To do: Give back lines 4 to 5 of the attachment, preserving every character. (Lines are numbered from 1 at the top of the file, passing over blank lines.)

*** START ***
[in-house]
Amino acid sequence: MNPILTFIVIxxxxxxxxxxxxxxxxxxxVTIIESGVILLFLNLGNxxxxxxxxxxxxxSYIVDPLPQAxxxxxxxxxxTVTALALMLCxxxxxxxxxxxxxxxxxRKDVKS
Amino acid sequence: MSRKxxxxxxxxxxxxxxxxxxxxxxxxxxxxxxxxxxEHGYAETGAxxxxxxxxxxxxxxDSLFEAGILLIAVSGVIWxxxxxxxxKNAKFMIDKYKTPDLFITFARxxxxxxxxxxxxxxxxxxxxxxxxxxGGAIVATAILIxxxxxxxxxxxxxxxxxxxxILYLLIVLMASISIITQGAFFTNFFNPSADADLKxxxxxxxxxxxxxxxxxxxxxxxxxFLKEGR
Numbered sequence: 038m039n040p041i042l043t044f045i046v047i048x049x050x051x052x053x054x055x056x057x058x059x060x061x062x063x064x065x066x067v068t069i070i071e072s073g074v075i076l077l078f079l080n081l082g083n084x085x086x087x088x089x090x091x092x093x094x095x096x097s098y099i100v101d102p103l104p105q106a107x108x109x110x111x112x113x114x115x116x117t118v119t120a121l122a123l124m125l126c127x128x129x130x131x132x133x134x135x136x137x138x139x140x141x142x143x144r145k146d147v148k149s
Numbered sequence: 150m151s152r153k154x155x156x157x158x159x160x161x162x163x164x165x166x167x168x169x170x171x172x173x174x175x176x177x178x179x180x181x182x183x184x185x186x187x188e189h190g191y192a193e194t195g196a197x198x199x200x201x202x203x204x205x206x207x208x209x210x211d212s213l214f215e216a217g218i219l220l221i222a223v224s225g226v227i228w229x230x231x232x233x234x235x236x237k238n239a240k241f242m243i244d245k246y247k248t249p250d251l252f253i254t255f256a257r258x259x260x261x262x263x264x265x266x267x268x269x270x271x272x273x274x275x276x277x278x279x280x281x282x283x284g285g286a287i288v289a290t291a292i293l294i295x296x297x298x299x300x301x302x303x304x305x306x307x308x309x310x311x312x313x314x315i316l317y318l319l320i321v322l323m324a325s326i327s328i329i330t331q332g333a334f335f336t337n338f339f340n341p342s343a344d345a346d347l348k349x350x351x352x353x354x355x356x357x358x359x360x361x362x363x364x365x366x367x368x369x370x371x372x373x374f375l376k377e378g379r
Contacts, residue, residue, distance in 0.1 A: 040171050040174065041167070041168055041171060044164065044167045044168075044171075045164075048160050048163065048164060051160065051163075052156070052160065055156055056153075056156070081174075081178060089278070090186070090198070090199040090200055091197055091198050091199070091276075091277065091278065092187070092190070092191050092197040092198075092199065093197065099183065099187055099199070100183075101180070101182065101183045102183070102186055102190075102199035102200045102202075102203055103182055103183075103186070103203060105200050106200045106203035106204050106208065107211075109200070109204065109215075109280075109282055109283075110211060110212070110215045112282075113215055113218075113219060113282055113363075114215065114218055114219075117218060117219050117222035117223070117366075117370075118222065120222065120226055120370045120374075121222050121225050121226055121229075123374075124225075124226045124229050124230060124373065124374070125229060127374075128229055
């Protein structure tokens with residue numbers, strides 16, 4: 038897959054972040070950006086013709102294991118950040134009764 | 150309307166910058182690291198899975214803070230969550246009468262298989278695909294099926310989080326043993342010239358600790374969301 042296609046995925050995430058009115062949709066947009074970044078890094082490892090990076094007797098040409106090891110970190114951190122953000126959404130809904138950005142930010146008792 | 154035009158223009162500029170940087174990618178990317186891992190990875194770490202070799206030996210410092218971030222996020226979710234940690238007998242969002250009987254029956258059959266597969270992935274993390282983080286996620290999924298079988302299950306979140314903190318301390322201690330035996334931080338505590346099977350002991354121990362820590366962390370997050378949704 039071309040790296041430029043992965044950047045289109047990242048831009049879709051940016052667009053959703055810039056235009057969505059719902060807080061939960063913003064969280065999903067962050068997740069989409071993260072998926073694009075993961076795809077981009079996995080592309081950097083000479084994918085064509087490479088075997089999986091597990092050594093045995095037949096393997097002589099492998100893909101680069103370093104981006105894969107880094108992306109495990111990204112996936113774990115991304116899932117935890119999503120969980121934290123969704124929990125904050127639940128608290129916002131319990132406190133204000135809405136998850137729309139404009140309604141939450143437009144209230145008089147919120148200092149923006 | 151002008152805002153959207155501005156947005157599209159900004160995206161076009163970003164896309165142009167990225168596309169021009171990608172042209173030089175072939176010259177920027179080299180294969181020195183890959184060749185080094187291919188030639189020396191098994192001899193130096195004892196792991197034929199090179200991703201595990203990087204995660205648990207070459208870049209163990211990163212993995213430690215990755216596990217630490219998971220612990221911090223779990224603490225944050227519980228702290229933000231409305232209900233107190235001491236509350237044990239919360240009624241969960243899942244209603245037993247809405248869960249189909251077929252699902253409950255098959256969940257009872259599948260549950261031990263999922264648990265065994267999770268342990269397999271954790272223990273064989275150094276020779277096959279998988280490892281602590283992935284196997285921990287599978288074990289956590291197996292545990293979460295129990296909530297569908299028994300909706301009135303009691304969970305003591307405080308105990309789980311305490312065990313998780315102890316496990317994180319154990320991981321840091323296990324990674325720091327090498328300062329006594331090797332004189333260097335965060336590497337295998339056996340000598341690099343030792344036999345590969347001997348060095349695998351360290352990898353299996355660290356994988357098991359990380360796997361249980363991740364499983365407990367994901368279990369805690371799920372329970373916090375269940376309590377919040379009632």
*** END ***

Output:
Numbered sequence: 038m039n040p041i042l043t044f045i046v047i048x049x050x051x052x053x054x055x056x057x058x059x060x061x062x063x064x065x066x067v068t069i070i071e072s073g074v075i076l077l078f079l080n081l082g083n084x085x086x087x088x089x090x091x092x093x094x095x096x097s098y099i100v101d102p103l104p105q106a107x108x109x110x111x112x113x114x115x116x117t118v119t120a121l122a123l124m125l126c127x128x129x130x131x132x133x134x135x136x137x138x139x140x141x142x143x144r145k146d147v148k149s
Numbered sequence: 150m151s152r153k154x155x156x157x158x159x160x161x162x163x164x165x166x167x168x169x170x171x172x173x174x175x176x177x178x179x180x181x182x183x184x185x186x187x188e189h190g191y192a193e194t195g196a197x198x199x200x201x202x203x204x205x206x207x208x209x210x211d212s213l214f215e216a217g218i219l220l221i222a223v224s225g226v227i228w229x230x231x232x233x234x235x236x237k238n239a240k241f242m243i244d245k246y247k248t249p250d251l252f253i254t255f256a257r258x259x260x261x262x263x264x265x266x267x268x269x270x271x272x273x274x275x276x277x278x279x280x281x282x283x284g285g286a287i288v289a290t291a292i293l294i295x296x297x298x299x300x301x302x303x304x305x306x307x308x309x310x311x312x313x314x315i316l317y318l319l320i321v322l323m324a325s326i327s328i329i330t331q332g333a334f335f336t337n338f339f340n341p342s343a344d345a346d347l348k349x350x351x352x353x354x355x356x357x358x359x360x361x362x363x364x365x366x367x368x369x370x371x372x373x374f375l376k377e378g379r